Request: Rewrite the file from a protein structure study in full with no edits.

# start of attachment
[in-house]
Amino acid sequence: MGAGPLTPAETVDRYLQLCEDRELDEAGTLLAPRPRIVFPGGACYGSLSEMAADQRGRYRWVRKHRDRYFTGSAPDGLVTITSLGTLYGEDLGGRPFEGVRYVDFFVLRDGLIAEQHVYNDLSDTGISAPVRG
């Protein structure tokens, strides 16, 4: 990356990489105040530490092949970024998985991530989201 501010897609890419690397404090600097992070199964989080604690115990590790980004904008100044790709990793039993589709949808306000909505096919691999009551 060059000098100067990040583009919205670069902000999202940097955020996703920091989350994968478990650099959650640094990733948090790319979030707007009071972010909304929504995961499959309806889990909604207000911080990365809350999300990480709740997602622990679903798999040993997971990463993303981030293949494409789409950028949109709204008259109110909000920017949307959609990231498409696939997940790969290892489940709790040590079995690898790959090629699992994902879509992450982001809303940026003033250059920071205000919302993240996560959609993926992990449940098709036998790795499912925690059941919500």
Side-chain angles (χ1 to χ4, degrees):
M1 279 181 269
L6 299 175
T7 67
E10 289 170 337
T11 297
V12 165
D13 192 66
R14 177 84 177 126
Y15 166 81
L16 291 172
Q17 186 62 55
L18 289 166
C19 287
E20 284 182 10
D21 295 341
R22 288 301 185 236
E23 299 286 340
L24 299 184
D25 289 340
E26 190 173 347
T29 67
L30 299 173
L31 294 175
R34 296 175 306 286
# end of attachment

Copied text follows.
[in-house]
Amino acid sequence: MGAGPLTPAETVDRYLQLCEDRELDEAGTLLAPRPRIVFPGGACYGSLSEMAADQRGRYRWVRKHRDRYFTGSAPDGLVTITSLGTLYGEDLGGRPFEGVRYVDFFVLRDGLIAEQHVYNDLSDTGISAPVRG
């Protein structure tokens, strides 16, 4: 990356990489105040530490092949970024998985991530989201 501010897609890419690397404090600097992070199964989080604690115990590790980004904008100044790709990793039993589709949808306000909505096919691999009551 060059000098100067990040583009919205670069902000999202940097955020996703920091989350994968478990650099959650640094990733948090790319979030707007009071972010909304929504995961499959309806889990909604207000911080990365809350999300990480709740997602622990679903798999040993997971990463993303981030293949494409789409950028949109709204008259109110909000920017949307959609990231498409696939997940790969290892489940709790040590079995690898790959090629699992994902879509992450982001809303940026003033250059920071205000919302993240996560959609993926992990449940098709036998790795499912925690059941919500």
Side-chain angles (χ1 to χ4, degrees):
M1 279 181 269
L6 299 175
T7 67
E10 289 170 337
T11 297
V12 165
D13 192 66
R14 177 84 177 126
Y15 166 81
L16 291 172
Q17 186 62 55
L18 289 166
C19 287
E20 284 182 10
D21 295 341
R22 288 301 185 236
E23 299 286 340
L24 299 184
D25 289 340
E26 190 173 347
T29 67
L30 299 173
L31 294 175
R34 296 175 306 286